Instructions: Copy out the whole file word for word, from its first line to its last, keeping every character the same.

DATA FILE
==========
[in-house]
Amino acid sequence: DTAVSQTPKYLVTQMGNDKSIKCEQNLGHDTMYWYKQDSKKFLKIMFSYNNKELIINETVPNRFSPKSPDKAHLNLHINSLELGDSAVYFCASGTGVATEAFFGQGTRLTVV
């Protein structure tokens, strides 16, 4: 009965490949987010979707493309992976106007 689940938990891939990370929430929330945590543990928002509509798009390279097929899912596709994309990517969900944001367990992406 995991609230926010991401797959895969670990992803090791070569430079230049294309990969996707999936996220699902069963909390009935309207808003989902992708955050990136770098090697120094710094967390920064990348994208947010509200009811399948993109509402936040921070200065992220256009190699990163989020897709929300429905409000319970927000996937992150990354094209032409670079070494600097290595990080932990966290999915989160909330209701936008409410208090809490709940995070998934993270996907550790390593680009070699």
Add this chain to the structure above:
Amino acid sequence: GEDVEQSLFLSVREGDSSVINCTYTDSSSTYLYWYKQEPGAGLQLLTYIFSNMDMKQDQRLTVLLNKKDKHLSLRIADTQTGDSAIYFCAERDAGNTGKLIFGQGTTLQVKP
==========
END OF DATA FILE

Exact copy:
[in-house]
Amino acid sequence: DTAVSQTPKYLVTQMGNDKSIKCEQNLGHDTMYWYKQDSKKFLKIMFSYNNKELIINETVPNRFSPKSPDKAHLNLHINSLELGDSAVYFCASGTGVATEAFFGQGTRLTVV
């Protein structure tokens, strides 16, 4: 009965490949987010979707493309992976106007 689940938990891939990370929430929330945590543990928002509509798009390279097929899912596709994309990517969900944001367990992406 995991609230926010991401797959895969670990992803090791070569430079230049294309990969996707999936996220699902069963909390009935309207808003989902992708955050990136770098090697120094710094967390920064990348994208947010509200009811399948993109509402936040921070200065992220256009190699990163989020897709929300429905409000319970927000996937992150990354094209032409670079070494600097290595990080932990966290999915989160909330209701936008409410208090809490709940995070998934993270996907550790390593680009070699």
Add this chain to the structure above:
Amino acid sequence: GEDVEQSLFLSVREGDSSVINCTYTDSSSTYLYWYKQEPGAGLQLLTYIFSNMDMKQDQRLTVLLNKKDKHLSLRIADTQTGDSAIYFCAERDAGNTGKLIFGQGTTLQVKP